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St. Petersburg – Russia not Florida

June 7, 2008
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After our exhausting train station adventure, we went to The Church of Our Savior on Spilled Blood because I couldn’t wait any longer. I think I took about 100 pictures of it. I had to get every possible angle. But, as mentioned before, our camera was stolen. However, we did buy a disposable camera so I have a few pictures to share.

Here’s me in front of my favorite church of all time and a closer view of the onion domes. We debated on whether or not to pay the 300 rubles each ($12.75) to go inside. We decided to go and WOW! The walls and ceilings inside are completely covered in mosaics of people and scenes from the Bible. I loved it. This was easily my favorite part of our whole trip.

This was on May 27 which also happened to City Day and St. Petersburg was celebrating its 305th birthday. All the streets were decorated, but we somehow missed all of the festivities. It probably happened during the two hours we were buying our train tickets.

The next day, we strolled along Nevky Prospekt looking at the architecture and going in various churches. We walked to the other side of the river to the Peter & Paul Fortress and St. Peter & St. Paul Cathedral. It was such a beautiful day, we decided to walk 3 miles to the Smolny Cathedral.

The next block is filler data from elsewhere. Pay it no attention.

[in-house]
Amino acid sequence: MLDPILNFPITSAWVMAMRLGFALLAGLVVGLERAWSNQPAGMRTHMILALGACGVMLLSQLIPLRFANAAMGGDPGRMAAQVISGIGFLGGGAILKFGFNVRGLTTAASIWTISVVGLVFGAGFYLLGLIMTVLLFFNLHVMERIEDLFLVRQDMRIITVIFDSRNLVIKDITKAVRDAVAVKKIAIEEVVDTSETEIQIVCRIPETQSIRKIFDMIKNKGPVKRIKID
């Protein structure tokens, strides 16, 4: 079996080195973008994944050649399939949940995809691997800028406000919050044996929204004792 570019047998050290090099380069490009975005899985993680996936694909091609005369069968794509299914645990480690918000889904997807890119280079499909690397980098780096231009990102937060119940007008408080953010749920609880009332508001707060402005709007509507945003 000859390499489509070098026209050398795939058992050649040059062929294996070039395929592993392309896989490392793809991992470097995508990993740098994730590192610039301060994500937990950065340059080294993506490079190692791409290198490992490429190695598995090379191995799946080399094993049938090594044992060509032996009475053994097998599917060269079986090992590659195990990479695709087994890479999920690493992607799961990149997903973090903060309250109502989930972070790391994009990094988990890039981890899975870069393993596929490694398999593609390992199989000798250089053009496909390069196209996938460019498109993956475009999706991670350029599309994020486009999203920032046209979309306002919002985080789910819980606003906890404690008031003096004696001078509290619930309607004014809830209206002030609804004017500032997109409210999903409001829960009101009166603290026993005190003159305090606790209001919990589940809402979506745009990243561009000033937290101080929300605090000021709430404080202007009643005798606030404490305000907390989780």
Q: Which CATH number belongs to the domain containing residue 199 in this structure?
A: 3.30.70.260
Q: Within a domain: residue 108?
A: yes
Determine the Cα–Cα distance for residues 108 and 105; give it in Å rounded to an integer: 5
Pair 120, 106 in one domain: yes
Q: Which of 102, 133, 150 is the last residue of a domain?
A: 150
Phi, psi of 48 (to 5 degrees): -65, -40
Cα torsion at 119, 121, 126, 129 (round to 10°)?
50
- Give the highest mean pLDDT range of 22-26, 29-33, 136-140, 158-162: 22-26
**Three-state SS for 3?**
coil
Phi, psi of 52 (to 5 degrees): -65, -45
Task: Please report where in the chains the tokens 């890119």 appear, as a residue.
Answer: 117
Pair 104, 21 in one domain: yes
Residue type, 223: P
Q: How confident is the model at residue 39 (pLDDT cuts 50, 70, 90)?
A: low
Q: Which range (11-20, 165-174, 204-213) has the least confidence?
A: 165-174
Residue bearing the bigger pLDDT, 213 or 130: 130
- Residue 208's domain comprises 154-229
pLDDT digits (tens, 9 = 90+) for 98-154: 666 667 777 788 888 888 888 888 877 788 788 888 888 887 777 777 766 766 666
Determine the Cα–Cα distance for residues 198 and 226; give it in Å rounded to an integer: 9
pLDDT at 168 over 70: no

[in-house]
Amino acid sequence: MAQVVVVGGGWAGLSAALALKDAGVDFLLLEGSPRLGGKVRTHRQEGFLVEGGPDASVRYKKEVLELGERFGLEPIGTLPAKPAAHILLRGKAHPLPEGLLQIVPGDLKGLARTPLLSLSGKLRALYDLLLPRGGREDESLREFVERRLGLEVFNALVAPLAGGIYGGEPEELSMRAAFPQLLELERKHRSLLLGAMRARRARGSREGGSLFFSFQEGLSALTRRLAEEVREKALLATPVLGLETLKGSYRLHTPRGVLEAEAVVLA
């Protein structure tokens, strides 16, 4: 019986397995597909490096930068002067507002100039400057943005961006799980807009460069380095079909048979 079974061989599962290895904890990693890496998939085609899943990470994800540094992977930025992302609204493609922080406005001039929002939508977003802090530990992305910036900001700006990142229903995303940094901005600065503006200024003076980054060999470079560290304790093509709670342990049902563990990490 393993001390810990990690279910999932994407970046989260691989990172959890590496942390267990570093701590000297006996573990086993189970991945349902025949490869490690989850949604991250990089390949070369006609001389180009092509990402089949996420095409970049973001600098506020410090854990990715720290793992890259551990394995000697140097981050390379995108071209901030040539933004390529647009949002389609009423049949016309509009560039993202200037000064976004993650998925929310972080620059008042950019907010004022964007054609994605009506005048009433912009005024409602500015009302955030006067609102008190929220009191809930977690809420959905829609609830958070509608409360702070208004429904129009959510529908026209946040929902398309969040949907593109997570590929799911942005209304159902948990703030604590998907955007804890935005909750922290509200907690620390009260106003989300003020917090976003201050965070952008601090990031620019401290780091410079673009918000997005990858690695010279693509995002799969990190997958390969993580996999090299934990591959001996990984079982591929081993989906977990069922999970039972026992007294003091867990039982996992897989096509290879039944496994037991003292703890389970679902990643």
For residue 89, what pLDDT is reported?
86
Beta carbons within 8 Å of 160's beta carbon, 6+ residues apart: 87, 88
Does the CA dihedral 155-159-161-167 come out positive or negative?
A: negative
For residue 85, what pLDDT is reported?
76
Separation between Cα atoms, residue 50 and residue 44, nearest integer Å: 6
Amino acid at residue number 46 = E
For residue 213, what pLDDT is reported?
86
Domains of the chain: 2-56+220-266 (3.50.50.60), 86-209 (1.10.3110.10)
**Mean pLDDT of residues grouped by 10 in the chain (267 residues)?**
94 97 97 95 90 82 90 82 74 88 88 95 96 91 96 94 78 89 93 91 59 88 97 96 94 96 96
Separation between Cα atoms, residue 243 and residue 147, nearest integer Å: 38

We weren’t such a fan of the metro. For one thing, it was always so crowded that you couldn’t breathe. But most importantly, there is nothing telling you what stop you are at. The name isn’t on the wall like most stops. And the name is announced in Russian and hard to hear and understand. Basically, you must count the number of stops and hope. However, we were in the middle of no where at this cathedral, so after wandering for a bit, we took the metro to Alexander Nevky Monastery and Tikhvin Cemetery.

The cemetery was quite interesting despite the fact that it was 160 rubles each for us to go in and only 10 rubles for Russians. (This country obviously does not cater to tourists.) There were lots of famous Russian artists laid to rest in there, but I can’t really remember who at the moment.

From there, we mistakenly took the metro back to our hotel. As we came out of the metro, I reached into my purse for my camera. I couldn’t find it. Josh said he didn’t have it. Hmmm… Maybe I dropped it in the cemetery. I did take quite a few pictures in there. But I’m pretty confident that I put it in my jacket or my purse. I was on the verge of tears. So, Josh went back to the cemetery while I went back to the hotel and tried not to panic. Eventually, Josh came back empty-handed as expected. I guess I was pick-pocketed on the metro and didn’t even know it. I keep checking this blog, Found Cameras and Orphan Pictures, just in case the thief is nice enough to turn in the memory card. All I want are the pictures. You can keep the camera!

That ruined the rest of the day. We just hung out in the hotel for the rest of the night. The next day, I woke up hoping the camera fiasco was a dream, but it wasn’t. We went into a tourist shop and bought an overpriced disposable camera and went to Dvortsovaya Ploshchad (Palace Square) and The Hermitage.

The Hermitage, appropriately said to be one of the world’s great art museums, is massive and it took up most of the day.

After the museum, we went to the Souvenir fair and bought our ornament. Then we headed to the train station for our overnight train to Moscow.

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